Creating a start-up item

I am still very new to Powershell and using Automox with Powershell and was wondering what would be needed to create a worklet that would create a start-up item.

This is for a Papercut printing client that is run from a network share.

I would mean avoiding a mass manual install so would be very useful!

Sorry if this is not the right place for this.

Thanks!

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I did that in this worklet:

It makes a startup shortcut that points to an executable, so you could take that portion of the code. Let me know if you need assistance getting your worklet running!

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Completely glanced over that! Maybe i need to get another eye test…

In my Environment it is a little different.

I have a .Lnk file on a network share that needs to be copied to the startup location on the local machine.

Do I follow the above and replace the bginfo.exe location to reference my .Lnk location?

If i run

$source="\\server\Software\Papercut shortcut\PC-Client.lnk"

$destination="C:\ProgramData\Microsoft\Windows\Start Menu\Programs\StartUp"

Copy-item -path $source -destination $destination -force

on the local machine it copies the file without a problem, I am just struggling to get Automox to do this.

Thanks

So the issue you have there is Automox is most likely running as SYSTEM.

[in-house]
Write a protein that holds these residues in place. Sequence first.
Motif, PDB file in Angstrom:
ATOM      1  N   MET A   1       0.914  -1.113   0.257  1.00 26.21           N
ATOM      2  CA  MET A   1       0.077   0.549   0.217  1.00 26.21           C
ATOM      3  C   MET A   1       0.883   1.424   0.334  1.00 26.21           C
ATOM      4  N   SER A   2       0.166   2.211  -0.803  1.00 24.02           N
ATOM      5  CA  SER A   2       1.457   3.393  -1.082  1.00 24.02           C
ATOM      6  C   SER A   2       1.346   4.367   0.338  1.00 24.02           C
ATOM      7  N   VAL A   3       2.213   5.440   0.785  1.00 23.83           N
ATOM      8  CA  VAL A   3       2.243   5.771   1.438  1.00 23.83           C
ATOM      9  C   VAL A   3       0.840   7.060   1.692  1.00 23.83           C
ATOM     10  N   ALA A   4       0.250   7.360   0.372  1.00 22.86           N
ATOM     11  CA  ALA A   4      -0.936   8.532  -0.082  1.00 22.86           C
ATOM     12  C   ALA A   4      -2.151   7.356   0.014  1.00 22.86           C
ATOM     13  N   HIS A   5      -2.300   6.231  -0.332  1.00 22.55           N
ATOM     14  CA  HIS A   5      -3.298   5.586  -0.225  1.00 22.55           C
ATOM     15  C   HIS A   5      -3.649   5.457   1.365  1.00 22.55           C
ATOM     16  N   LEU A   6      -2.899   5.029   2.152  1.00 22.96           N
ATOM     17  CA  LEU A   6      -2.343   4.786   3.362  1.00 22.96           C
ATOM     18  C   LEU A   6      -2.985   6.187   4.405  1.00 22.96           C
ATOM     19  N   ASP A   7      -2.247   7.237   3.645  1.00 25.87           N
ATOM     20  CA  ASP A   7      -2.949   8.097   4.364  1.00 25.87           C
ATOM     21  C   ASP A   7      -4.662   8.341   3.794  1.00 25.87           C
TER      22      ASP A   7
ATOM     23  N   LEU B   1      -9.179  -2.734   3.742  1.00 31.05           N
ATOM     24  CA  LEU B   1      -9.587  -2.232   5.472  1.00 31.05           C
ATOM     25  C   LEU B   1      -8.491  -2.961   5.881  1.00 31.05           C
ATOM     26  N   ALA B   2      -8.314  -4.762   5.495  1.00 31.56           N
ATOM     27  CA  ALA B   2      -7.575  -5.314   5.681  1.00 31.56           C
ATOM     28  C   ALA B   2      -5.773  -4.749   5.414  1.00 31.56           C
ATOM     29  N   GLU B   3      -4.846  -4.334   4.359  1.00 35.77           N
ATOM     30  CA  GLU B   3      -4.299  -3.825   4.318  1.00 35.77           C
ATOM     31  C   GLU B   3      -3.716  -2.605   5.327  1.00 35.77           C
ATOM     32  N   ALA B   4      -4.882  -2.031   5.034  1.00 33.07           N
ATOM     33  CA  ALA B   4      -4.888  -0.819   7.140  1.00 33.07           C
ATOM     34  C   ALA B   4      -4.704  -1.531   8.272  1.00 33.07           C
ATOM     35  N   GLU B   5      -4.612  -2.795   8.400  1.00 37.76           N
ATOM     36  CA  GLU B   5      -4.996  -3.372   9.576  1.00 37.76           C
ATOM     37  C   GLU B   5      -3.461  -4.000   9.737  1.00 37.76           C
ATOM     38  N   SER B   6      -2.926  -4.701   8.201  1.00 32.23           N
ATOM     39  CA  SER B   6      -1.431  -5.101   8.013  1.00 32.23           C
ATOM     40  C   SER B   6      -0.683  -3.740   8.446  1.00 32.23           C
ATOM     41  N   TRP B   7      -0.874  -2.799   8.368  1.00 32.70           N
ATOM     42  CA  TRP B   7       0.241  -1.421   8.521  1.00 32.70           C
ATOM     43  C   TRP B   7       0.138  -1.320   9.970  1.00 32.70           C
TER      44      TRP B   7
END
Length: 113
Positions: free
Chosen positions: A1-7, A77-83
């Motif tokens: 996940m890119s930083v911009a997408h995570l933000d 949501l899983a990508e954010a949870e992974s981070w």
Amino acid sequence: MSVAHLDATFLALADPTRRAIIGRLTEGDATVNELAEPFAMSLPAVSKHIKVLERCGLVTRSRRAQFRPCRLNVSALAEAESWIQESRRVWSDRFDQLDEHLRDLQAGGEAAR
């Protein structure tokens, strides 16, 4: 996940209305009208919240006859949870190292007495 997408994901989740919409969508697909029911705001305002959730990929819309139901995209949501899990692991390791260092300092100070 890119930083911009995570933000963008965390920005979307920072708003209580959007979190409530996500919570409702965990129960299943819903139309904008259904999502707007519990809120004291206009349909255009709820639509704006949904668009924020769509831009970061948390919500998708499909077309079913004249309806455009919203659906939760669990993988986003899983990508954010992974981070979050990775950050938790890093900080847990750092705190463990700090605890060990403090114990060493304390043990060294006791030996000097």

That would mean it probably doesn’t have READ access to your SMB Share on \server.
You would either need to upload the PC-Client.lnk into the worklet or create it on the fly with more powershell. Like below.

# Create a Shortcut with Windows PowerShell

$SourceFileLocation = "$env:SystemRoot\System32\notepad.exe"

$ShortcutLocation = "C:\Users\thiyagu.a.selvaraj\Desktop\Notepad.lnk"

#New-Object : Creates an instance of a Microsoft .NET Framework or COM object.

#-ComObject WScript.Shell: This creates an instance of the COM object that represents the WScript.Shell for invoke CreateShortCut

$WScriptShell = New-Object -ComObject WScript.Shell

$Shortcut = $WScriptShell.CreateShortcut($ShortcutLocation)

$Shortcut.TargetPath = $SourceFileLocation

#Save the Shortcut to the TargetPath

$Shortcut.Save()
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That worked a treat! I was looking at it from completely the wrong angle. Thanks @MinnesotaJoe and @Nic!

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@MinnesotaJoe is correct - worklets run as System so they don’t have any network shares, permissions or variables that you’d have logged in as you. It’s not advisable to put credentials into a worklet, so Joe’s approach is best in this situation.

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